In February 2002, consultations between the National Institute of Allergy and Infectious Diseases (NIAID) and its Blue Ribbon Panel on Bioterrorism produced several recommendations for NIAID to better protect people from the threat of bioterrorism. Fulfilling some of those recommendations required more laboratory space for working with dangerous pathogens than was previously available in the United States. In September 2003 and September 2005, NIAID announced the recipients of grants partially funding the construction of two National Biocontainment Laboratories (NBLs) and thirteen Regional Biocontainment Laboratories (RBLs), increasing Biosafety Level-4 (BSL-4) and BSL-3 lab space nationwide.
The NBLs and RBLs are operated by the grant recipients, research institutions across the country. These labs support biodefense and emerging infectious diseases research as resources that provide lab space for basic research of dangerous pathogens and development of new vaccines and treatments. The NBLs are required to have BSL-4, BSL-3, and BSL-2 labs, animal facilities, insectary facilities, clinical facilities, and research support space. The RBLs are required to have BSL-3 and BSL-2 labs, animal facilities, and research support space. While fulfilling the need of researchers occupying the facility, the NBLs and RBLs can be used by other biodefense researchers within the region, particularly those within the Regional Centers of Excellence in Biodefense and Emerging Infectious Diseases. In addition, these labs are available to provide assistance to national, state, and local public health efforts during a biological attack.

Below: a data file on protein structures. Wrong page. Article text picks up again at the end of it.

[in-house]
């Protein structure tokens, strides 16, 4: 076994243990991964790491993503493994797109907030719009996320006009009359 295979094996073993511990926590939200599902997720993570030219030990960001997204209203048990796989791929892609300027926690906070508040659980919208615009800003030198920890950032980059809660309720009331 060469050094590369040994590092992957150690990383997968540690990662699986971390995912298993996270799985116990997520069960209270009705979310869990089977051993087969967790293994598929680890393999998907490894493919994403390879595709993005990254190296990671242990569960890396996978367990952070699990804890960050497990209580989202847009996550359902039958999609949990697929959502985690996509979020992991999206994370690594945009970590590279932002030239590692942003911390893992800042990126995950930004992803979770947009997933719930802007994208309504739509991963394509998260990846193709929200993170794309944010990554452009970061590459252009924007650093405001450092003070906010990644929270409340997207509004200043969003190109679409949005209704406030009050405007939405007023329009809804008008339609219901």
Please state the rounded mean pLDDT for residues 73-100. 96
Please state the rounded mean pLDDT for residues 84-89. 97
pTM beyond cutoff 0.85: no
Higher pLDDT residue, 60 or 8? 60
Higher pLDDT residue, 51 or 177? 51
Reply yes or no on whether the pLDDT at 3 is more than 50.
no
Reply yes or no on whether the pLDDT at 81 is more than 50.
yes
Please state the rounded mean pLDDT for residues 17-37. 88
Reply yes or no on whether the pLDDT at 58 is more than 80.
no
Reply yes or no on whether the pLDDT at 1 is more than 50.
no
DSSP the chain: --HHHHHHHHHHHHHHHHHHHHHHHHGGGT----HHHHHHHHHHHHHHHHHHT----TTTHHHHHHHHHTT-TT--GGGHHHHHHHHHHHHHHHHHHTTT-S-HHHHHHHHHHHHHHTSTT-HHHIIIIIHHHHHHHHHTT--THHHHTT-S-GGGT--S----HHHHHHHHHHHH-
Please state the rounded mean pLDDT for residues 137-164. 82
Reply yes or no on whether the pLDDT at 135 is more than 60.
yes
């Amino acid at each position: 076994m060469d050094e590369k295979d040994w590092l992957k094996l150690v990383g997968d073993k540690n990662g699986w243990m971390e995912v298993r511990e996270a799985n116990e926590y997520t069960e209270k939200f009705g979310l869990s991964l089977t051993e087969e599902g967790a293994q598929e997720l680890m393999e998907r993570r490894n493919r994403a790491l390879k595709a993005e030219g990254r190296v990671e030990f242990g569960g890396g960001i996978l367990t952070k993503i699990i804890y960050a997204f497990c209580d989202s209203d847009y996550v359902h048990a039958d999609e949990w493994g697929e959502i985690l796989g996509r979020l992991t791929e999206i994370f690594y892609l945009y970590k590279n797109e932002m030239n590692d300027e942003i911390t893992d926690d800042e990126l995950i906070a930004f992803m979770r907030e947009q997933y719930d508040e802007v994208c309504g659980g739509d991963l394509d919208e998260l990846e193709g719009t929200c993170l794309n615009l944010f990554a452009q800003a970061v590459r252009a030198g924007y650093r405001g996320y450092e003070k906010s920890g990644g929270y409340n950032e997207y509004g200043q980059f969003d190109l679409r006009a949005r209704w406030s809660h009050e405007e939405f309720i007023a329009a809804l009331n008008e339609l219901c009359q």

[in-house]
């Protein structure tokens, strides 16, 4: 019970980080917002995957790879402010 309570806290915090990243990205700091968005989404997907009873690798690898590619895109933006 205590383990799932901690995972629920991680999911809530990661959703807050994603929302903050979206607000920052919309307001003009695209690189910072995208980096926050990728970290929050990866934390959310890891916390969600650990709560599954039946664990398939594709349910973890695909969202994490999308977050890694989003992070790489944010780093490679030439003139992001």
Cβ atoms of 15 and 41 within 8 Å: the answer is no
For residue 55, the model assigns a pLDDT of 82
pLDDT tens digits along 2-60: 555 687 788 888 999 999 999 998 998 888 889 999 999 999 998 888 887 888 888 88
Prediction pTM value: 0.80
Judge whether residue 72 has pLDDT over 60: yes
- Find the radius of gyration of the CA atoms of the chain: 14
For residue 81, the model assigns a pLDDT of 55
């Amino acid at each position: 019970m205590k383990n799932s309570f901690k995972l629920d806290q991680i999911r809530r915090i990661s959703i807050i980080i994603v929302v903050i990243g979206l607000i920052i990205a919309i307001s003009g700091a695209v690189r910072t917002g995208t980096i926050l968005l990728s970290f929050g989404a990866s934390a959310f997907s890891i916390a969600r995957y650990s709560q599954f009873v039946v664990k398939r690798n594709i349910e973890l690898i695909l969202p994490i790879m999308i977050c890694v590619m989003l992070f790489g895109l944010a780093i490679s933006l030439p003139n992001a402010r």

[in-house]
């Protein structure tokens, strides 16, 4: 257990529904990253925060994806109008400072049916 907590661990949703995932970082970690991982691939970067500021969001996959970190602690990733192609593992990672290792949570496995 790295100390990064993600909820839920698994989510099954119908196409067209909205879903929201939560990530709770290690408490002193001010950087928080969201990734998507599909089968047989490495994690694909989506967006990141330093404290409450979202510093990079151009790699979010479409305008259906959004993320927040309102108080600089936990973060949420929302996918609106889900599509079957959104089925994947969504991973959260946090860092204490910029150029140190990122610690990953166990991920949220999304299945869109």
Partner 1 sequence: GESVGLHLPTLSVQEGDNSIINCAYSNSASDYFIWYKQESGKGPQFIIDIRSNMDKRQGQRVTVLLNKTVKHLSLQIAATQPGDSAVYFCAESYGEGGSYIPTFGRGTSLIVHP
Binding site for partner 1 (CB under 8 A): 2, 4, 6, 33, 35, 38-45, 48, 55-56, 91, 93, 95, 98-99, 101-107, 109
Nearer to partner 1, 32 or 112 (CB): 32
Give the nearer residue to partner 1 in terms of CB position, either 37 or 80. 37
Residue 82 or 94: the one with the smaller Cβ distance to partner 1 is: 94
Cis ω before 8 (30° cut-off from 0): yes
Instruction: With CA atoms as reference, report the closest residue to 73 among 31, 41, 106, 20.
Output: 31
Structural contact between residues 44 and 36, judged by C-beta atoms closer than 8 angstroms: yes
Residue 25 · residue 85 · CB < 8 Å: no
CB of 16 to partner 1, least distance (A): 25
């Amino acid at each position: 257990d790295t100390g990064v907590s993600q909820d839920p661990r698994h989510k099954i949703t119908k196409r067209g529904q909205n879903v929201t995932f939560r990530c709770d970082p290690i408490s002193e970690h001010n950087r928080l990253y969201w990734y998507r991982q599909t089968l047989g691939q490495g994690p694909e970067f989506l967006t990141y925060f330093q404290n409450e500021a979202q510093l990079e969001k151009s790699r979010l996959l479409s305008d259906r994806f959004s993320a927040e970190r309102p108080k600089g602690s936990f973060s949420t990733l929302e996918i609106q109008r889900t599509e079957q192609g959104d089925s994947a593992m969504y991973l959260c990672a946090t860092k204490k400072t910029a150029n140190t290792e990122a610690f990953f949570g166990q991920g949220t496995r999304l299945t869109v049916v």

Regional Centers of Excellence
The Regional Centers of Excellence for Biodefense and Emerging Infectious Diseases (RCEs) are consortia of universities and research institutions that pursue research with the intentions of producing therapeutics, vaccines, and diagnostics for pathogens that could be used in a bioterrorist attack or could become more widespread. Activities within the RCEs include developing and conducting research programs, training new scientists in research activities, and developing and maintaining facilities and services supportive of activities of the RCEs and other regional biodefense investigators. The RCEs also develop effective treatments and treatment strategies from basic research findings and provide first-line responders with facilities and support during a biological attack.
The National Institute of Allergy and Infectious Diseases (NIAID) created the RCE program in response to a recommendation from meetings between the NIAID and its Blue Ribbon Panel on Bioterrorism in February 2002. By June 2005, NIAID had established a total of ten RCEs in ten geographical regions across the country. Each RCE is composed of the investigators from the lead institution that submitted the application and collaborating investigators at universities and research institutions within the consortium. The consortia have access to resources such as facilities and services within the RCE and the National Biocontainment Laboratories and the Regional Biocontainment Laboratories.